Storage UPDATE--Interoperable iSCSI--May 17, 2004

Storage UPDATE--Interoperable iSCSI--May 17, 2004

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1. Commentary

- Microsoft Promotes Interoperable iSCSI

2. News and Views

- IBM Expands Storage Product Offerings

- Storage User Group Gets Corporate Support

3. Resource

- Backup Quits Unexpectedly When You Insert an Additional Tape in Windows 2000

4. New and Improved

- Storage Array Adds New RAID Controller

- Tell Us About a Hot Product and Get a T-Shirt!

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==== 1. Commentary ====

by David Chernicoff, [email protected]

Microsoft Promotes Interoperable iSCSI

With the spate of recent storage conferences and the upcoming Microsoft Tech Ed 2004 conference, I've been hearing from a lot of vendors about Internet SCSI (iSCSI). In "Combining Today's Technology to Make Tomorrow's Products," May 3, 2004, InstantDoc ID 42621, I covered one of the first iSCSI products for Windows Storage Server 2003, which motivated many other vendors to contact me about their pending products in the same space. However, rather than talking about other Windows-specific products, I want to take a somewhat different direction and discuss how Microsoft's iSCSI support goes beyond particular products--and even Windows.

To understand the way that the iSCSI market is shaping up in the Windows universe, you first need to look at the iSCSI component that Microsoft has released. The iSCSI software available for the Windows platform is what's known as an "initiator"--a piece of software that lets Windows access an iSCSI target. Microsoft isn't releasing and has no plans to release its own iSCSI target software for the Windows platform, according to the transcript of an online Q&A session with Suzanne Morgan, enterprise storage program manager in the Windows Core Team. (To read the transcript, click the first URL at the end of the commentary.) As a result, Redmond has left the production of Windows-compatible targets to the third-party development community.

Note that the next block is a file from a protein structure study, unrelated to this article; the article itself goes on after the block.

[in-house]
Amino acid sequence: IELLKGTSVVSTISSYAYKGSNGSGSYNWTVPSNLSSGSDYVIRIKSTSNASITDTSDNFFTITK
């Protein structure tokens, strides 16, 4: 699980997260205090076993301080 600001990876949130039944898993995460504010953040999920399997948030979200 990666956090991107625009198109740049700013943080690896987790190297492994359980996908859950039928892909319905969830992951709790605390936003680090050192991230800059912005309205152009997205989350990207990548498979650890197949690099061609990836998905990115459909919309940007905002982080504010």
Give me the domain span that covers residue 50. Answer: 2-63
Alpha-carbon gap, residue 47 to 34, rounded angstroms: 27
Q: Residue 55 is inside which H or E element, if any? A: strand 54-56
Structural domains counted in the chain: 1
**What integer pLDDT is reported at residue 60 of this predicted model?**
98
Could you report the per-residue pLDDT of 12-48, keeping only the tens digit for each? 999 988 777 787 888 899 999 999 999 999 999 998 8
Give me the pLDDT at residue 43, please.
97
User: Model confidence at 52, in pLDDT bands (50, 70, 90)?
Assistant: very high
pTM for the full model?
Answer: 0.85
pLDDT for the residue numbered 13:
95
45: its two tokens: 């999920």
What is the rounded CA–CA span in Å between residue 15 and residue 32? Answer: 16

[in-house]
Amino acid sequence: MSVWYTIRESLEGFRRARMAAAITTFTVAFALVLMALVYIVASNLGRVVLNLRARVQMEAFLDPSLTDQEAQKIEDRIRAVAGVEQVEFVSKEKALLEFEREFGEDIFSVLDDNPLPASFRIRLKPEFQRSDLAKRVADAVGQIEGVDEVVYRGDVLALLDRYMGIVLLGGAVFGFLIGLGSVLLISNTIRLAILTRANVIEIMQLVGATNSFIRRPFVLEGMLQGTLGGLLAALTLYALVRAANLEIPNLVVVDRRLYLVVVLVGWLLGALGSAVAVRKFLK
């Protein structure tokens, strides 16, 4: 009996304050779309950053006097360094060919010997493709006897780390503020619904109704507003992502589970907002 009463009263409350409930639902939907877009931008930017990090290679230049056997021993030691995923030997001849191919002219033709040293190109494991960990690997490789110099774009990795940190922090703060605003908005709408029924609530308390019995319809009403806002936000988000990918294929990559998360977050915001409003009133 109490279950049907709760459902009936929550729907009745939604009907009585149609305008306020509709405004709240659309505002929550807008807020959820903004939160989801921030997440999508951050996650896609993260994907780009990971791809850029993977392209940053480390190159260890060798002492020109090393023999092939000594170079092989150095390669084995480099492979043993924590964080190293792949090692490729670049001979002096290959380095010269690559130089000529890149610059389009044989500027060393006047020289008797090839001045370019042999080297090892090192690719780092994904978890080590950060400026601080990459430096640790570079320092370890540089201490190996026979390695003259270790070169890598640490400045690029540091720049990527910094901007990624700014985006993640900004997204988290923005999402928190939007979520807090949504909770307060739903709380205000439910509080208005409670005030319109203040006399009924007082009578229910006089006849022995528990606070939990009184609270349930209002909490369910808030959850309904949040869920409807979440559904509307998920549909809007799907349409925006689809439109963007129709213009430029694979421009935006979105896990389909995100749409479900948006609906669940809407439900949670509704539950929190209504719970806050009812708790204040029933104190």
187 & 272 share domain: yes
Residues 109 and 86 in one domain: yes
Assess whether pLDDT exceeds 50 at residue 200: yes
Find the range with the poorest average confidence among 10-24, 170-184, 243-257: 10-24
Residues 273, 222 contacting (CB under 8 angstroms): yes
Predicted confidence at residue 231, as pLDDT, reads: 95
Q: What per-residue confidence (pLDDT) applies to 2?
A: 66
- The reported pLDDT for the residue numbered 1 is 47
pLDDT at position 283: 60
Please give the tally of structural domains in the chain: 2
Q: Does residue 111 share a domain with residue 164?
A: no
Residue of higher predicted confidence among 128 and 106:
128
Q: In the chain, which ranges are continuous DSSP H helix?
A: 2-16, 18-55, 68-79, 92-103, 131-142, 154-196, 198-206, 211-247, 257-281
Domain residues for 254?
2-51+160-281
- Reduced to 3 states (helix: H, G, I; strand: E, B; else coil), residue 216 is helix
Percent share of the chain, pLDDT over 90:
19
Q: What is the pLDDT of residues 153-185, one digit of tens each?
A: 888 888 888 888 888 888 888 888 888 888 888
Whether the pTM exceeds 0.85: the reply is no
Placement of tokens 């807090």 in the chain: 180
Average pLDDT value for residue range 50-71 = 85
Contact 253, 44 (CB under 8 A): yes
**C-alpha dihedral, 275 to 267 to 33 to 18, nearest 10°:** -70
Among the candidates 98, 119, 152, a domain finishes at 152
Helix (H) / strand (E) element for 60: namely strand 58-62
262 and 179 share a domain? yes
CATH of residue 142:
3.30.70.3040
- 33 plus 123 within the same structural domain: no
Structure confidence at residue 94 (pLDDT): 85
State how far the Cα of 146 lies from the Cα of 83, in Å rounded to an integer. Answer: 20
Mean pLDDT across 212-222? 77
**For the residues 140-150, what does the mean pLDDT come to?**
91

Yes, many vendors have Windows Storage Server products. But I think what's more important is that the Microsoft iSCSI initiator will let Windows connect to just about any iSCSI target, even though Microsoft officially supports only targets that have been qualified under the Designed for Windows logo program. The target doesn't have to be a complete storage device; a supported host bus adapter (HBA) can connect to storage devices that don't have the Designed for Windows logo and can enable those devices to be used with Windows servers and clients. Consequently, the storage devices themselves need not run Windows Storage Server--or any version of Windows, for that matter.

In fact, of the more than 60 qualified products listed in the Designed for Windows logo spreadsheet for iSCSI, more than half are devices from Network Appliance (NetApp), best known for its Network Attached Storage (NAS) and Storage Area Network (SAN) products, which don't use any version of the Windows OS. (To view the iSCSI Designed for Windows logo spreadsheet, click the second URL below.) NetApp does, however, have a complete suite of Windows-based tools to run and manage its storage devices. These tools bring a well-tested enterprise-class storage product into the hands of Windows systems administrators, including administrators who might have been a little leery about building a storage architecture strictly around the relatively new Windows Storage Server model. And in multiplatform shops, where Windows and UNIX IT folks are often at loggerheads, the tools make available products that can satisfy the requirements of both constituencies.

Releasing the iSCSI initiator while letting third parties provide the target is a good move on Microsoft's part, allowing Windows Server products to integrate smoothly with enterprise-class products hosted on other firmly entrenched OSs. Although playing well with others has never been a Microsoft strength, the decisions Microsoft is making with respect to iSCSI will further the cause of Windows as an enterprise platform. For more details about the Windows iSCSI implementation, go to the third URL below.